Recently in National News Category

New Execution Method Debuts in Ohio

by Matt Carlson

On Tuesday, Ohio prison officials executed a man with a single drug instead of the three that have been used for lethal injection since the 1970s, according to The Riverfront Times.

The inmate, 51-year-old Kenneth Biros, was executed with a five gram quantity of sodium pentathol and was pronounced dead at 11:47 a.m. on Tuesday, according to the RFT.

The new drug has been previously used euthanize animals and is said to be painless, according to the New York Times.

Proper testing has not yet been completed though, and some opponents argue the execution of Biros ranged into human experimentation, according to the Times.

Biros was found guilty of sexually assaulting and murdering Tami Engstrom, 22, in 1991 in Northeastern Ohio, according to the Times article.

H1N1 Vaccine is Safe

by Matt Carlson

It appears that after two months of widespread availability, the H1N1 vaccine is about as safe as the seasonal flu vaccine, according to comments made in the New York Times by Dr. Thomas R. Frieden, director of the Centers for Disease Control and Prevention.

Severe reactions to the H1N1 vaccine are said to be rare and not unlike those of the season flu vaccine, according to a CDC report issued Friday and reported on WebMD.

The data was gathered from two monitoring systems, the Vaccine Adverse Effect Reporting System and the Vaccine Safety Datalink.

The new report said, "no substantial differences between H1N1 and seasonal influenza vaccines were noted in the proportion or types of serious adverse events reported" according to the New York Times.

Only 204 adverse events had been reported as of November 24th, according to the New York Times, of which only 13 resulted in death.  It is also worth mentioning that out of hundreds of thousands of immunizations, some deaths will result out of coincidence.

Dr. Claudia Vellozzi, deputy director of the immunization safety office at the disease centers, said that no patterns have emerged, reinforcing the safety of the H1N1 vaccine.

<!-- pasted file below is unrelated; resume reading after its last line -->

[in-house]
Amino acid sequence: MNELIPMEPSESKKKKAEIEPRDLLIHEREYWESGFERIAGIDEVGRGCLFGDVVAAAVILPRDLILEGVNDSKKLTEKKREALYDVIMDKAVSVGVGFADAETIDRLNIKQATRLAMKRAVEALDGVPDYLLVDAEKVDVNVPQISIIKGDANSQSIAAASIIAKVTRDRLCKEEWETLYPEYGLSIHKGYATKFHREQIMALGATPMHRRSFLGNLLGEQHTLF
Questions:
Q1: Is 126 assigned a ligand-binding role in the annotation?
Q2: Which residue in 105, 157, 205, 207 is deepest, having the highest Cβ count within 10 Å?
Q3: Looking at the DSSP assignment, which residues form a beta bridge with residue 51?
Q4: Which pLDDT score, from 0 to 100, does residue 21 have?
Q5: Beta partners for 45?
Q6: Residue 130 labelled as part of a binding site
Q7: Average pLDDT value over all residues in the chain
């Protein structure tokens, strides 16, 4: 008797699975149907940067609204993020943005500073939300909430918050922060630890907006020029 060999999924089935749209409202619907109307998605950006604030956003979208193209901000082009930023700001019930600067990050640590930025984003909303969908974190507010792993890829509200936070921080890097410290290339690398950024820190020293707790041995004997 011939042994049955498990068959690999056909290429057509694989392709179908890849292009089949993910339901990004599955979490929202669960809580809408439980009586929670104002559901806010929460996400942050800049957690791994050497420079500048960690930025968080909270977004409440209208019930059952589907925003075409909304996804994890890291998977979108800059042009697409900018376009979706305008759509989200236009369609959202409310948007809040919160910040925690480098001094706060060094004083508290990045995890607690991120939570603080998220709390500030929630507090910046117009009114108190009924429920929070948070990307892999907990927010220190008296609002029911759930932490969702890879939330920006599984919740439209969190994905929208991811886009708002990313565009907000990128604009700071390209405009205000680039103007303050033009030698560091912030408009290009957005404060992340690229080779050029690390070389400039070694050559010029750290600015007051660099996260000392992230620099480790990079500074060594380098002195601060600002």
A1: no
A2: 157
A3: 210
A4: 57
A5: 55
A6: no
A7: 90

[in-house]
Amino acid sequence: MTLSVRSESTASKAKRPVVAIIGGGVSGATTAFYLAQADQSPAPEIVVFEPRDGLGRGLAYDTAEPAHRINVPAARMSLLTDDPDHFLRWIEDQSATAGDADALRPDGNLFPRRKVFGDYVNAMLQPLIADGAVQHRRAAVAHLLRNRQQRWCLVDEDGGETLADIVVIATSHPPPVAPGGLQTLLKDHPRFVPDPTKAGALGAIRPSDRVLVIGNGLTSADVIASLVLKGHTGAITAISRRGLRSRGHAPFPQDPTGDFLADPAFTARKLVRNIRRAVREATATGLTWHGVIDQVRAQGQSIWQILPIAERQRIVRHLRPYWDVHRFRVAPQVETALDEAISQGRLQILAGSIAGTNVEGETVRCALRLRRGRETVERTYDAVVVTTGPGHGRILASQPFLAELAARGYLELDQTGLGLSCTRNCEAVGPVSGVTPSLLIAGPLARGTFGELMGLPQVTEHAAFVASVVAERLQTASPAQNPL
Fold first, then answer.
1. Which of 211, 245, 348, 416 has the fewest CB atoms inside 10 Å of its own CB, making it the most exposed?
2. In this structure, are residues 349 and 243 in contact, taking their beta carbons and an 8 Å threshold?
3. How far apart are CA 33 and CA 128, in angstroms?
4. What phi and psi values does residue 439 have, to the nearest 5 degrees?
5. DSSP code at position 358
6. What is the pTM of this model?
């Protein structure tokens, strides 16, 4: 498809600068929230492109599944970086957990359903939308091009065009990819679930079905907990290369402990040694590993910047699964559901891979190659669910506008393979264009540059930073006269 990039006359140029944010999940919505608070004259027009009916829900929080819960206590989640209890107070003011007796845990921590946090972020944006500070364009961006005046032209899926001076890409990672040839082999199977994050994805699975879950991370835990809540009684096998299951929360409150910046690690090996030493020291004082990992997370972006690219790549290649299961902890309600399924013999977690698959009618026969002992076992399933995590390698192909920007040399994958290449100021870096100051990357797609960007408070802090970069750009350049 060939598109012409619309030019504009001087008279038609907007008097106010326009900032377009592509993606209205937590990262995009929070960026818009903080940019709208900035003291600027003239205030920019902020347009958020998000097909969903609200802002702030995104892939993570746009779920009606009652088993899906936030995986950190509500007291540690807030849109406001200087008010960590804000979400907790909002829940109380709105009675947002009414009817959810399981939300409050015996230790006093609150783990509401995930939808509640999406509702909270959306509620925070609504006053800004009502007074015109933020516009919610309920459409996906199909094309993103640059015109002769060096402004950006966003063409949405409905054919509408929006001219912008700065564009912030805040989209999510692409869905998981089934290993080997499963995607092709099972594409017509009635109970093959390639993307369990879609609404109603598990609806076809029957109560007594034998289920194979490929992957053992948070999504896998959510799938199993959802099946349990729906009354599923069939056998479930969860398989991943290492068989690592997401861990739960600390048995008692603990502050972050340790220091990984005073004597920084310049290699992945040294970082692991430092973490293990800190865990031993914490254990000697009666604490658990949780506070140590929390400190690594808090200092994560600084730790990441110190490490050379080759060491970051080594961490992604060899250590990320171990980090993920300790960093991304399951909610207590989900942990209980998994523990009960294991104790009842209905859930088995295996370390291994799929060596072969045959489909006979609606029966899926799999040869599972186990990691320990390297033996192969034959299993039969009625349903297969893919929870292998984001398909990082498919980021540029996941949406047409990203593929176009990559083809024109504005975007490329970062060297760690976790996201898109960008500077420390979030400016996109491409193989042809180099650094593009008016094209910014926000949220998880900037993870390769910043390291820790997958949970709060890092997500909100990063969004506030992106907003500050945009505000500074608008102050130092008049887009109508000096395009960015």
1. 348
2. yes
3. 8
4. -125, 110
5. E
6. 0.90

Tennessee Titans Owner Fined $250,000

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by Matt Carlson

The owner of NFL franchise Tennessee Titans Bud Adams was fined $250,000 for obscene hand gestures on Monday.

Adams was celebrating a 41-17 victory over the Buffalo Bills when he made the gestures from his luxury suite according to The New York Times.  The gestures were filmed and aired on television news channels nationwide. 

Adams display his middle fingers to the Bills sideline late in Sunday's contest.

On Monday the 86-year-old Adams apologized for the gestures and said, "I do realize that those types of things shouldn't happen," Adams said in the statement. "I need to specifically apologize to the Bills, their fans, our fans and the N.F.L."  Adams also claimed to have gotten caught up in the game's excitement according to comments in the Seattle Post.

Chicago's Olympic hopes dashed

by Matt Carlson

The International Olympic Committee dropped Chicago from its list of 2016 contenders on Friday while the public looked on in shock.

Many locals could not believe that Chicago was shunned so soon in the first round of eliminations.  Chicago's hopes were bolstered by President Obama's visit to Copenhagen, headquarters of the IOC, to rally for Chicago's selection.  Michelle Obama spent much of the week there as well, personally lobbying to IOC members, according to the Wall Street Journal.